A: Five years ago, a lot of what we heard about RFID in logistics applications was where and how it didn't work. People would complain, for instance, that RFID had trouble working in or near water and metal. The fact was, RFID didn't have trouble with anything. The challenge was making people understand that fact. We saw an opportunity for a company that would help people understand exactly how RF waves behave around certain materials and why. We had to help the market understand the issues of physics that related to how RFID works in various environments.
Because nobody had a really good understanding of the physics around RFID, people were struggling to make the readers work and struggling to get consistently high read rates. So that physics approach helped educate the market about the fact that RFID did work well— you just had to take various factors into consideration.
Q: What is the focus of ODIN with RFID today?
A: We design, install, and then support the actual RFID system infrastructure: the tags, the readers, the light switches, all those components. We do the design and the installation. We choose the hardware because it's very important to pick the right hardware for a particular application. We advise on the middleware, or software integrated into the system, based on the specific system's architecture.
When it comes to whose equipment or systems to use, however, we are like Switzerland. Other than making sure it is the right choice for the customer's application, we really don't care whose reader is used.We don't care whose middleware is used.We have used it all. The tools that we have are software tools that automatically configure and set up the readers once they are on site.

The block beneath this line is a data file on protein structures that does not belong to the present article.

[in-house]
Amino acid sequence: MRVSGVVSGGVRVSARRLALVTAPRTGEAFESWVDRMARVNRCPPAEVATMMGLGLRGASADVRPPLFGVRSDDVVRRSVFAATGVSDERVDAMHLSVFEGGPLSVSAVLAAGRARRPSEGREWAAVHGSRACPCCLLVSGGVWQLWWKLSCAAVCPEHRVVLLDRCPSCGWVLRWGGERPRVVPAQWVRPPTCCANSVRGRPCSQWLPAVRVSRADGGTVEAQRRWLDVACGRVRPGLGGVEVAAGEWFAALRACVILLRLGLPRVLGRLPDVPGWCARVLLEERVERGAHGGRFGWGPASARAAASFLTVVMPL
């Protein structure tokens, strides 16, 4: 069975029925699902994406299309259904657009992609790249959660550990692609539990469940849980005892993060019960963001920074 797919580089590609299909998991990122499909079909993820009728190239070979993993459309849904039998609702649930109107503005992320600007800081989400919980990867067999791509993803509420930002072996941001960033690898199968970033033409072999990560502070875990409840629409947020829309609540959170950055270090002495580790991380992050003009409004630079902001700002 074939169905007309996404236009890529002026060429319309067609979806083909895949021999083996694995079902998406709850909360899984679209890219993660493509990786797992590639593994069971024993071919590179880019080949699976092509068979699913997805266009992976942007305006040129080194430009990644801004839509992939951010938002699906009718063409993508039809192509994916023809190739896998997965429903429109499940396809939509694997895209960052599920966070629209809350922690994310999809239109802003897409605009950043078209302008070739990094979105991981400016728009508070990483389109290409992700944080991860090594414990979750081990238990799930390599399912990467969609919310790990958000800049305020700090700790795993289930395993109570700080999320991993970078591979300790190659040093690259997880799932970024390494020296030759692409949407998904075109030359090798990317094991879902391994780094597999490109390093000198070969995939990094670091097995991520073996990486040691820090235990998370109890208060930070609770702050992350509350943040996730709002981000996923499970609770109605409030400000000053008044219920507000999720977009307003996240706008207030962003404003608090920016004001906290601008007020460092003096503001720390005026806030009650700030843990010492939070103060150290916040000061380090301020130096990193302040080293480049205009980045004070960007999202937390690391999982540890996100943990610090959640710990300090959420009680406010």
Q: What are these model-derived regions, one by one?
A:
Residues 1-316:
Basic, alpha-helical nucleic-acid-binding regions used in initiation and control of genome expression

Q: You wrote the book RFID for Dummies about three years ago. What was it like to write a book in the "Dummies" series?
A: It was interesting on a couple of different levels. Writing the book was actually easy. The publisher of the Dummies books has really got it down to a science, and that made the work fairly simple. It was also interesting that when the book first came out, one of the things that people said was that I was giving away all the company secrets. We even had clients of ours send us proposals from other vendors that took stuff right out of the book and put it in their pitch, which is always flattering.
Essentially, I guess, we gave away all the secrets, but we also came away with the idea that we were going to continue to innovate.
It seems to be working. We focus our company on four core ideologies. Number one is to hire only the best, so we have a really extensive hiring process. Number two is to constantly innovate. Number three is to act with integrity. Number four is to create supremely satisfied clients. If you look at our list of clients, there is nobody in the RFID space that has had more success with big global clients.
Q: What do you say to the RFID naysayers who contend that the technology's capability is being oversold?
A: I'd tell them that I completely agreed for my first three and a half years in this business, but in the past year, we have very clearly seen a transition or evolution. The industry that we are leading right now is dramatically different from the one we were in just 10 months ago. As recently as July and August of 2006, there were still people over-hyping the capabilities. There were venture capitalists trying to make a quick buck. Now what we see, particularly from the beginning of this year, is that RFID has its own successful industry. The big value and the big benefit is really starting to come into clear view as we move through 2007.